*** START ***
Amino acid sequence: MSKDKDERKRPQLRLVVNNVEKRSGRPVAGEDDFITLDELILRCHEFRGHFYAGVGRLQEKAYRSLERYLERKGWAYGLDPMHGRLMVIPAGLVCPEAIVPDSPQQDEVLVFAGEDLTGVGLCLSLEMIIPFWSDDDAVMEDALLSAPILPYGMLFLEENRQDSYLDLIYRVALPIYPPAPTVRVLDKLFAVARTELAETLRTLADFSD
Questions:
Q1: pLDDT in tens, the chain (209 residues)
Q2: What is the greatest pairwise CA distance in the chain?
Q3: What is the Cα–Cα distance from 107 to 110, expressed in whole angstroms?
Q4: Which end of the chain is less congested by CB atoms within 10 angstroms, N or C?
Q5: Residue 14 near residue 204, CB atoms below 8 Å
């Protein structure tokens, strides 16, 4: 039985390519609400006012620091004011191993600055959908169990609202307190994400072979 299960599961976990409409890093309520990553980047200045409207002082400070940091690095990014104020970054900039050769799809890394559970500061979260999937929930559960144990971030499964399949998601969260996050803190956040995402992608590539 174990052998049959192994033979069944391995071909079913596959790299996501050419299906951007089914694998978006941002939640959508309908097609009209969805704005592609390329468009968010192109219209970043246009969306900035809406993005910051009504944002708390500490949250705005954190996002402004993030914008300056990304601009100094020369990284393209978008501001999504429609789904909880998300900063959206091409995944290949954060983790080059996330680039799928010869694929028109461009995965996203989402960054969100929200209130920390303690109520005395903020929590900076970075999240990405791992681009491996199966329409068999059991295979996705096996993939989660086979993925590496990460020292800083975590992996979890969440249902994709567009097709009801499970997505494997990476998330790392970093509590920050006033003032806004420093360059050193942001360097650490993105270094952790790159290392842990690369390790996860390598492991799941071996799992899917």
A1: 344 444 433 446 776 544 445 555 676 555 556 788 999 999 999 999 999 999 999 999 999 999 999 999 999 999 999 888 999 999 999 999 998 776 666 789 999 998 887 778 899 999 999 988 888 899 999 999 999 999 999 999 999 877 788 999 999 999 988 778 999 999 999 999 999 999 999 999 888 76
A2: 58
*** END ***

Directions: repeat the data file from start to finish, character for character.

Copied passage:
Amino acid sequence: MSKDKDERKRPQLRLVVNNVEKRSGRPVAGEDDFITLDELILRCHEFRGHFYAGVGRLQEKAYRSLERYLERKGWAYGLDPMHGRLMVIPAGLVCPEAIVPDSPQQDEVLVFAGEDLTGVGLCLSLEMIIPFWSDDDAVMEDALLSAPILPYGMLFLEENRQDSYLDLIYRVALPIYPPAPTVRVLDKLFAVARTELAETLRTLADFSD
Questions:
Q1: pLDDT in tens, the chain (209 residues)
Q2: What is the greatest pairwise CA distance in the chain?
Q3: What is the Cα–Cα distance from 107 to 110, expressed in whole angstroms?
Q4: Which end of the chain is less congested by CB atoms within 10 angstroms, N or C?
Q5: Residue 14 near residue 204, CB atoms below 8 Å
């Protein structure tokens, strides 16, 4: 039985390519609400006012620091004011191993600055959908169990609202307190994400072979 299960599961976990409409890093309520990553980047200045409207002082400070940091690095990014104020970054900039050769799809890394559970500061979260999937929930559960144990971030499964399949998601969260996050803190956040995402992608590539 174990052998049959192994033979069944391995071909079913596959790299996501050419299906951007089914694998978006941002939640959508309908097609009209969805704005592609390329468009968010192109219209970043246009969306900035809406993005910051009504944002708390500490949250705005954190996002402004993030914008300056990304601009100094020369990284393209978008501001999504429609789904909880998300900063959206091409995944290949954060983790080059996330680039799928010869694929028109461009995965996203989402960054969100929200209130920390303690109520005395903020929590900076970075999240990405791992681009491996199966329409068999059991295979996705096996993939989660086979993925590496990460020292800083975590992996979890969440249902994709567009097709009801499970997505494997990476998330790392970093509590920050006033003032806004420093360059050193942001360097650490993105270094952790790159290392842990690369390790996860390598492991799941071996799992899917």
A1: 344 444 433 446 776 544 445 555 676 555 556 788 999 999 999 999 999 999 999 999 999 999 999 999 999 999 999 888 999 999 999 999 998 776 666 789 999 998 887 778 899 999 999 988 888 899 999 999 999 999 999 999 999 877 788 999 999 999 988 778 999 999 999 999 999 999 999 999 888 76
A2: 58